Section 24, subparagraph no. 1 and 3 of the Norwegian Extradition Act of 13 June 1975 have been amended – an updated version of the text is enclosed to this report as appendix no 1.
Reference is also made to the obligations arising from accession to the Rome Statue of the International Criminal Court, as mentioned in paragraph 22 of this report.
During the first year at the Police Academy the students attend a course in international law and human rights including lectures on the Convention Against Torture and Other Cruel, Inhuman or Degrading Treatment or Punishment. On a general level the principle of always using the mildest form of physical intervention is emphasised throughout all education at the Police Academy. Special attention is furthermore given to the knowledge and understanding of foreign cultures and enforcement of the immigration legislation.
In order to guarantee the prisoners’ rights and to prevent torture or other acts of cruel, inhuman or degrading treatment or punishment, the training of prison staff is of vital importance. Their professional competence is crucial for correct law enforcement. The Norwegian Correctional Service Staff Academy therefore offers a two-year course for the professional training of staff in the Correctional Service. Subjects such as ethics, criminology, psychology, psychiatry and human rights are important parts of the training programme. In recent years, the emphasis on these subjects has been intensified, with more focus on detrimental effects of solitary confinement and isolation. The training in these subjects covers issues related to human rights, including relevant international conventions such as the Convention Against Torture and Other Cruel, Inhuman or Degrading Treatment or Punishment.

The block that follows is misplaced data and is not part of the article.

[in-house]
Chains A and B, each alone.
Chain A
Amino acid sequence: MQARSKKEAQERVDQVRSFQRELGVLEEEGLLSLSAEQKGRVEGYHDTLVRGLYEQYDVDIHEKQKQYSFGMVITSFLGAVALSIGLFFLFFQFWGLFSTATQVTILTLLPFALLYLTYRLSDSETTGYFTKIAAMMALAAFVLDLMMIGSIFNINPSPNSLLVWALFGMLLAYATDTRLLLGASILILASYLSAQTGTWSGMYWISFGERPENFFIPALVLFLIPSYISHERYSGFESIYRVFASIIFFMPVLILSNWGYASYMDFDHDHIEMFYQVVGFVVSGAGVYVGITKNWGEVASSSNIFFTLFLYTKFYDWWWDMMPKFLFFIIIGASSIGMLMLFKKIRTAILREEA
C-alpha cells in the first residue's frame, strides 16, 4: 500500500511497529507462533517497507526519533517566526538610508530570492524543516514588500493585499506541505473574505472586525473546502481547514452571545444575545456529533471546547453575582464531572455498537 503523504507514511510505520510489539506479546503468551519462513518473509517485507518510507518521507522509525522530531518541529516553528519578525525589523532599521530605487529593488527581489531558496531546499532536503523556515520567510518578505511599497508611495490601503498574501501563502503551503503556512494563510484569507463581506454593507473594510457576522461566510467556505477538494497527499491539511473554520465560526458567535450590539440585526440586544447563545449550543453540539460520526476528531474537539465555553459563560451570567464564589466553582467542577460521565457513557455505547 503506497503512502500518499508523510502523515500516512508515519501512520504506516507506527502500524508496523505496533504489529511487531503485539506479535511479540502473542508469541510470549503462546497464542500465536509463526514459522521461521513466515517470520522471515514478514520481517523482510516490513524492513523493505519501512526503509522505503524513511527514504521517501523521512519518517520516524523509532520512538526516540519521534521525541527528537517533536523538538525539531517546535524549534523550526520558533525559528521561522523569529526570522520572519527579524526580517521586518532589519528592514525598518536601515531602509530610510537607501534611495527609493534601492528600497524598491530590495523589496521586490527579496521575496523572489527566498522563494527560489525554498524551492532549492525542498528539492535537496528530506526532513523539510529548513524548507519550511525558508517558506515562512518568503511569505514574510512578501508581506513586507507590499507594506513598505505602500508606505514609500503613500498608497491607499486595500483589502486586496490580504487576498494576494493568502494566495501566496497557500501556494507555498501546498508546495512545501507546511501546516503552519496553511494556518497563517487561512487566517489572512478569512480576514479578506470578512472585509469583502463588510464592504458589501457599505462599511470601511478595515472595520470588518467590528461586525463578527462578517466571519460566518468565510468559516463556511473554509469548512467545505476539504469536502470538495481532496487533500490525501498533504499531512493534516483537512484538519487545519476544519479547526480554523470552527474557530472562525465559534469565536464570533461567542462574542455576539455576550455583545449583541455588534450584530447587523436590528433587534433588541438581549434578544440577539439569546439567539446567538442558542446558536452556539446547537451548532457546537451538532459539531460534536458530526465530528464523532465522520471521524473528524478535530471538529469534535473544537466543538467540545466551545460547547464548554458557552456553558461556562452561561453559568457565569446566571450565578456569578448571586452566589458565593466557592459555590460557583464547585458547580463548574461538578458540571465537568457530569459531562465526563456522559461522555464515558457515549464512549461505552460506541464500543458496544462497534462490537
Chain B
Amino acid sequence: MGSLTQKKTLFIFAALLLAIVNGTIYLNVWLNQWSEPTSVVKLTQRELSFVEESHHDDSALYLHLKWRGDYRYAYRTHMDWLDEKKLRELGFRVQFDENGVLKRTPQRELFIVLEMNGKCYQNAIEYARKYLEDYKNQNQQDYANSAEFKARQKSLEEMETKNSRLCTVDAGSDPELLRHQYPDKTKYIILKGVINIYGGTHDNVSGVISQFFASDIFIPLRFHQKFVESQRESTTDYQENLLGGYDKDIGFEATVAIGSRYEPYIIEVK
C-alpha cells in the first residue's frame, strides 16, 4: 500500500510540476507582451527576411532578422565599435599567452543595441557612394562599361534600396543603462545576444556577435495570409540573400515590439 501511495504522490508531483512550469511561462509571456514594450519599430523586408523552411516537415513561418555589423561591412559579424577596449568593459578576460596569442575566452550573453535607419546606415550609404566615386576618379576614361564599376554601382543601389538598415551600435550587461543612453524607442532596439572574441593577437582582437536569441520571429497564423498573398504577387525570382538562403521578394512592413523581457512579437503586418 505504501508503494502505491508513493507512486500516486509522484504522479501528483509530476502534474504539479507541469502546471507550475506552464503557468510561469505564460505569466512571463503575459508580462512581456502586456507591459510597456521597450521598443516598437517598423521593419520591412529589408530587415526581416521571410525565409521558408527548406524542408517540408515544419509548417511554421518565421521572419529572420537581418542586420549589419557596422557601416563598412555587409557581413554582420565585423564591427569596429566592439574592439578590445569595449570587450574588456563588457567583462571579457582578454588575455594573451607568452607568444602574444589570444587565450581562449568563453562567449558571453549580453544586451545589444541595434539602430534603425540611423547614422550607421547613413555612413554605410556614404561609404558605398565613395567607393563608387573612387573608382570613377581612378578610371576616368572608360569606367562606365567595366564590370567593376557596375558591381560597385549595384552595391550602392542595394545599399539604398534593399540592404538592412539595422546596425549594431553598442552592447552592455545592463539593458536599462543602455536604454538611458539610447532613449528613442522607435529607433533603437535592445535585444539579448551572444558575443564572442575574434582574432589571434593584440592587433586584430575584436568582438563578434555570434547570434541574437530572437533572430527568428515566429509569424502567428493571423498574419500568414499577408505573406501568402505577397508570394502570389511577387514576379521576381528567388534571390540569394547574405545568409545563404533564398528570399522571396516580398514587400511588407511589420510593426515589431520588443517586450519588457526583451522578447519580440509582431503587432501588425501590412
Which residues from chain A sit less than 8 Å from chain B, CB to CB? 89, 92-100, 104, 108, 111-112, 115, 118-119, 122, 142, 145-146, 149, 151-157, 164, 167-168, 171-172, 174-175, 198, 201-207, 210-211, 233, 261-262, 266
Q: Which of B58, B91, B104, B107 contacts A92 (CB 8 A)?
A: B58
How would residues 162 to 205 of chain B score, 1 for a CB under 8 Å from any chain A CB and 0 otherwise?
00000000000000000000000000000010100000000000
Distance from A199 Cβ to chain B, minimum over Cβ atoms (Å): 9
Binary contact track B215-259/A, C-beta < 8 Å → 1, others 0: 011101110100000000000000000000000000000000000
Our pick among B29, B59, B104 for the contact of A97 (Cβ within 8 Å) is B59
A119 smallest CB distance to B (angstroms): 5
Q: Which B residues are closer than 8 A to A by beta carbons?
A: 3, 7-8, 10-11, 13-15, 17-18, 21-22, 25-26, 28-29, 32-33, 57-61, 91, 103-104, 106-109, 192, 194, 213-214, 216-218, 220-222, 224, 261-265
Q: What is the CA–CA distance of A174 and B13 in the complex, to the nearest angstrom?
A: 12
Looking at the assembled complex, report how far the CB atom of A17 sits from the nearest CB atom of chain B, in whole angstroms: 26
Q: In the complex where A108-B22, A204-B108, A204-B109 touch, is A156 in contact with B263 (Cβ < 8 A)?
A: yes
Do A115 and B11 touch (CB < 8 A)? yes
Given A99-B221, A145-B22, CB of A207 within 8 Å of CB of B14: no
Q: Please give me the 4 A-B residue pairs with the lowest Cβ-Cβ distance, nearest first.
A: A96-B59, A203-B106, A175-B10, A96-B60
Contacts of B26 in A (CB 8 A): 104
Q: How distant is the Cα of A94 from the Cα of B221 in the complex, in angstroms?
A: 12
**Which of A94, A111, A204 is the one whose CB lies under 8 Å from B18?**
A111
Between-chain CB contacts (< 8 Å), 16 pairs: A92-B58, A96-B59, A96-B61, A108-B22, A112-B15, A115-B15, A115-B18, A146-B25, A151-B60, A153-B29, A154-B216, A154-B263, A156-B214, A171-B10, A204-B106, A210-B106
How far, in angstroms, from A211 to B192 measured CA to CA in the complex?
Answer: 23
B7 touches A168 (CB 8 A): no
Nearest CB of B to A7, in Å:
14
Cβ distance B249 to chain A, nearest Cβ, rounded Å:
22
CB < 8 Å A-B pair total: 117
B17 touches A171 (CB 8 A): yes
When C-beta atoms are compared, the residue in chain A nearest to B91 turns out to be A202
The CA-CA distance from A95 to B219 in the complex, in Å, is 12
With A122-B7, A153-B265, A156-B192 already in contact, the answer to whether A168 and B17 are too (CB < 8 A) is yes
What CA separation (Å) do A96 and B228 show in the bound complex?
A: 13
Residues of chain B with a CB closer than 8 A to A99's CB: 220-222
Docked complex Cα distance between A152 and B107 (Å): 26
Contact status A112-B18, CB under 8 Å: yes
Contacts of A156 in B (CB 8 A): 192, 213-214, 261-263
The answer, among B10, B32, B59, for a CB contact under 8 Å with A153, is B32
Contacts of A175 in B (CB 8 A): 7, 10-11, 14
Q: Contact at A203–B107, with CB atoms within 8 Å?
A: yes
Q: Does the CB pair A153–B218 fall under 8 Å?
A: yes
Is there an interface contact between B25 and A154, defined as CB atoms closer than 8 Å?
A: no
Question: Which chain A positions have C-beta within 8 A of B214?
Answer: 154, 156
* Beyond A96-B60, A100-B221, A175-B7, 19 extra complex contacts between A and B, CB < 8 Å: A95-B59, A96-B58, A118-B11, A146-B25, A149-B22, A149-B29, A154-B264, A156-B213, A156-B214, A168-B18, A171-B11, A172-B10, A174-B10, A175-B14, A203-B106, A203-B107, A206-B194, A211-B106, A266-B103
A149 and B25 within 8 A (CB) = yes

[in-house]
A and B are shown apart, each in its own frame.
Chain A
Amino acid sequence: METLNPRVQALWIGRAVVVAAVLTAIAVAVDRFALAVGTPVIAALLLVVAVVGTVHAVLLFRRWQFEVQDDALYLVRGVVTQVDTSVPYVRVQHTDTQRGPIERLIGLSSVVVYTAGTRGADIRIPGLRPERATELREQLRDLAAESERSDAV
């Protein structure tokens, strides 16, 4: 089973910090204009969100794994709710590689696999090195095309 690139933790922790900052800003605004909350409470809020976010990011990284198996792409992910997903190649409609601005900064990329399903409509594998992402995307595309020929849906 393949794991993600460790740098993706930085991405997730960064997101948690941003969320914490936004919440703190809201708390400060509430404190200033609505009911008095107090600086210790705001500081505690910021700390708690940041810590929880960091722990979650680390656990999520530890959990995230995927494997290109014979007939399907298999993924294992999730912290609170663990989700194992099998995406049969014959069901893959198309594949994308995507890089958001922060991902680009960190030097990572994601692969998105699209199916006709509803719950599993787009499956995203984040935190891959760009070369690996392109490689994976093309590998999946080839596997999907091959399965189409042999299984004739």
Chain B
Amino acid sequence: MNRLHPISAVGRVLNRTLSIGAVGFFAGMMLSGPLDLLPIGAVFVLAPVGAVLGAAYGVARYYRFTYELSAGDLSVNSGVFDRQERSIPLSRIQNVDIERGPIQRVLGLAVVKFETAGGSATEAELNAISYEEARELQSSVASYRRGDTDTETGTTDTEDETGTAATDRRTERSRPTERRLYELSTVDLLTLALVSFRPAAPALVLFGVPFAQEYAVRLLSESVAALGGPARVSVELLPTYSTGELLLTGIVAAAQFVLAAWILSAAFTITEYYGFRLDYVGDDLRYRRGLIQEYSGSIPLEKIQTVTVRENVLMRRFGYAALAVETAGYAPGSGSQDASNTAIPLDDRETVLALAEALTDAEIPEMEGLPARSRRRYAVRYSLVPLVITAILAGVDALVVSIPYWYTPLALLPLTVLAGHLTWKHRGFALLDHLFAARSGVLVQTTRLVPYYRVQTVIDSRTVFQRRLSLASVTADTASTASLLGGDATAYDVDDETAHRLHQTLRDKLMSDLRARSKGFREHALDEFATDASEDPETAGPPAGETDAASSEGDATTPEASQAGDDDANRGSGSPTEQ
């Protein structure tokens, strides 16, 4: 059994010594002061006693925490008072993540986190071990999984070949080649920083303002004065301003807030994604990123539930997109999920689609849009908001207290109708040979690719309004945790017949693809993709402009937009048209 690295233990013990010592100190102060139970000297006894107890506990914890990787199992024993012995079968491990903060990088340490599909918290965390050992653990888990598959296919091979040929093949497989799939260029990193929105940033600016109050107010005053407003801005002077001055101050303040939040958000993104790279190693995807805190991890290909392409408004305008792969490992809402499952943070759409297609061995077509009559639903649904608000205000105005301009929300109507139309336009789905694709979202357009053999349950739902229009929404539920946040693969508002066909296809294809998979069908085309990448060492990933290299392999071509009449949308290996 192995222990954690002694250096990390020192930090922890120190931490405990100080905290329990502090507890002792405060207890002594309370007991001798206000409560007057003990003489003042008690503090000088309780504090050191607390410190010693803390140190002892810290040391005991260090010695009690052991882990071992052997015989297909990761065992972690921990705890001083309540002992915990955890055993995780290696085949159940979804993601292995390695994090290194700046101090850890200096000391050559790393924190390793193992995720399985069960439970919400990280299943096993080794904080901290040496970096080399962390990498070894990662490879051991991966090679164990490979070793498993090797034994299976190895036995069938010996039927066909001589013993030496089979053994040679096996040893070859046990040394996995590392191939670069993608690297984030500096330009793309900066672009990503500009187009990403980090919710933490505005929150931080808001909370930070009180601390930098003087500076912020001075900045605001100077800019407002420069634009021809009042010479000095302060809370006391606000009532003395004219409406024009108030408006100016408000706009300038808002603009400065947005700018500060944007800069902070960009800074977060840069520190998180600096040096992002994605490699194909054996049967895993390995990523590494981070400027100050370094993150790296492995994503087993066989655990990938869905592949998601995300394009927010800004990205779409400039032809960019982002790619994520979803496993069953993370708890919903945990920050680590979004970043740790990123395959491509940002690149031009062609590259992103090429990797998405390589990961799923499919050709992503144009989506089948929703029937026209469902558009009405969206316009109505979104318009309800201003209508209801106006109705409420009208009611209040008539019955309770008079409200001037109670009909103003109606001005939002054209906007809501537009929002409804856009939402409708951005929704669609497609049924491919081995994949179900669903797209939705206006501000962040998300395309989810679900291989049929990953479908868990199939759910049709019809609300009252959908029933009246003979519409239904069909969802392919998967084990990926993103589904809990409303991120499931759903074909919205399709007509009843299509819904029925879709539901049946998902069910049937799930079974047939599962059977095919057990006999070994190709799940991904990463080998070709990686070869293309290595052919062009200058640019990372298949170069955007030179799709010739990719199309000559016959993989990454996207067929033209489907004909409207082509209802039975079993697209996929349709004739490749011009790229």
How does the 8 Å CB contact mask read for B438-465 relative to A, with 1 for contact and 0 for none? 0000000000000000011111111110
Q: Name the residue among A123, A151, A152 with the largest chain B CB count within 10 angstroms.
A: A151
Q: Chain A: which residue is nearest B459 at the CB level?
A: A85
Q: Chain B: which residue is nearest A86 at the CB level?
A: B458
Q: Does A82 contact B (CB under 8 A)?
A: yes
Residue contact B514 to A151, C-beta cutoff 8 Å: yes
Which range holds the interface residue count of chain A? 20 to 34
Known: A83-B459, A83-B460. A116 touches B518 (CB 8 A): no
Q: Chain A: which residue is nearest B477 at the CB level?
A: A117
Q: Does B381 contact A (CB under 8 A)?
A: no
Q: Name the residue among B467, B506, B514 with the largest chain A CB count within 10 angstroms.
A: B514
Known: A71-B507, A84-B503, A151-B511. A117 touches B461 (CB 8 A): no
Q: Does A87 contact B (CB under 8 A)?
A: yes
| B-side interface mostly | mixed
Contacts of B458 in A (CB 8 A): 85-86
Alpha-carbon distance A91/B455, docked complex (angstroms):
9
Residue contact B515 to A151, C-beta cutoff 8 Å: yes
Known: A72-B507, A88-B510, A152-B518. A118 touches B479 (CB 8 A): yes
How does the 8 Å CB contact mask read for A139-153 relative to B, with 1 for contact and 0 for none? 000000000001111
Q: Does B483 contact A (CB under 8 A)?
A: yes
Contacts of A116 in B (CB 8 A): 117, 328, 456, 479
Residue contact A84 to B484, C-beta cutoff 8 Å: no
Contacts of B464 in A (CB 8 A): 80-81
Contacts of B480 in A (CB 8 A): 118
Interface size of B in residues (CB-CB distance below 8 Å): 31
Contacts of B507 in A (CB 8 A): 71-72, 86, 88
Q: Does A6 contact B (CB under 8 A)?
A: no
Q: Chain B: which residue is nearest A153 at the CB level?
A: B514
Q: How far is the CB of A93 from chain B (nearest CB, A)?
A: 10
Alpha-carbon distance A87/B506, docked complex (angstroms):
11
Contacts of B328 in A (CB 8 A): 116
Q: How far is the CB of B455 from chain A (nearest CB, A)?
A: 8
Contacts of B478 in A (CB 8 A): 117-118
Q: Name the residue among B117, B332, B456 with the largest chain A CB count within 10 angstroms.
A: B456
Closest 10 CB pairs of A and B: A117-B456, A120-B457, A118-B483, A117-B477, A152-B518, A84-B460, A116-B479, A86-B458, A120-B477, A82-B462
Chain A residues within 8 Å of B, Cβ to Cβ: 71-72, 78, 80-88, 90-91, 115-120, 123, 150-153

Since Norway’s fourth periodic report, the amount of information regarding human rights law given to different relevant categories of military personnel has been significantly increased. The Norwegian Military Police has appointed a lawyer to deal inter alia with the training of the Military Police personnel in Humanitarian Law/Human Rights Law.
Child welfare institutions
Reference is made to Norway’s fourth periodic report (para. 42).
Training in the use of
Multisystemic Therapy for youth (MST) and Parent Management
Training for younger children (PMT) has been initiated throughout
the country. These home-based interventions/methods are based on
supporting both the child with serious behavioural problems and
his/her family without having the child admitted to an institution
(see also the fourth report).
Reference is made to Norway’s fourth periodic report paragraph 35.
Pursuant to the Act of 12 May 1995 No 22 on Universities and Colleges of Higher Education, the Ministry of Education may lay down national framework plans for specific training programmes, for example for health and social work education. Such national framework plans indicate the overall aim and objective of the programmes concerned. The institutions will then draw up more detailed curriculum guidelines based on these framework plans.
On 1 July 2004 the Ministry of Education decided on a new framework plan for the training of nurses, including a general chapter for several health and social work professions. According to this plan the study programmes should, in preparing students for future work in the health and social work professions, meet the requirements laid down in international conventions.
More particularly, the plan states that students through their studies should:
- acquire a holistic view on human beings, and respect the integrity and rights of others
- learn to recognize conflicting values and ethical dilemmas in practical health and social work
- learn ethical reflection and an ability to act according to ethical principles
In a specific chapter relating to the training of nurses it is stated clearly that the study programme shall be in accordance with both national and international policy objectives, including international covenants and conventions in the field of human rights.
Criminal procedures and remand
For new restrictions on use of pre-trial solitary confinement see part three of this report.